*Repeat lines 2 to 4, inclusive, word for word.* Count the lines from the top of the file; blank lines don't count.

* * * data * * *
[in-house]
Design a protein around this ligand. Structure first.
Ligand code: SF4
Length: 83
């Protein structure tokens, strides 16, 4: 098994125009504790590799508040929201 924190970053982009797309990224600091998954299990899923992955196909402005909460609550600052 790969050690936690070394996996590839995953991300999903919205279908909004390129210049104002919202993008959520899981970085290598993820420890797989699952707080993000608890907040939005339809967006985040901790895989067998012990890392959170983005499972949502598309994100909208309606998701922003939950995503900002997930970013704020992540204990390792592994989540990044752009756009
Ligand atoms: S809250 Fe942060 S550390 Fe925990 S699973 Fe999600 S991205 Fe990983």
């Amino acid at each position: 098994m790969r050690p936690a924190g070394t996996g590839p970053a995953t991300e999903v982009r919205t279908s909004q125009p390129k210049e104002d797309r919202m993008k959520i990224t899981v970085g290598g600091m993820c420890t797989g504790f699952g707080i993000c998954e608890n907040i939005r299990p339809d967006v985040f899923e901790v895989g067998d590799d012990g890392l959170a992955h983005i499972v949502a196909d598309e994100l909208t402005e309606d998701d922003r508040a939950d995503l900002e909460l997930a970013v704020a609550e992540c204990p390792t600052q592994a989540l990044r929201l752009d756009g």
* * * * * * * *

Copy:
Design a protein around this ligand. Structure first.
Ligand code: SF4
Length: 83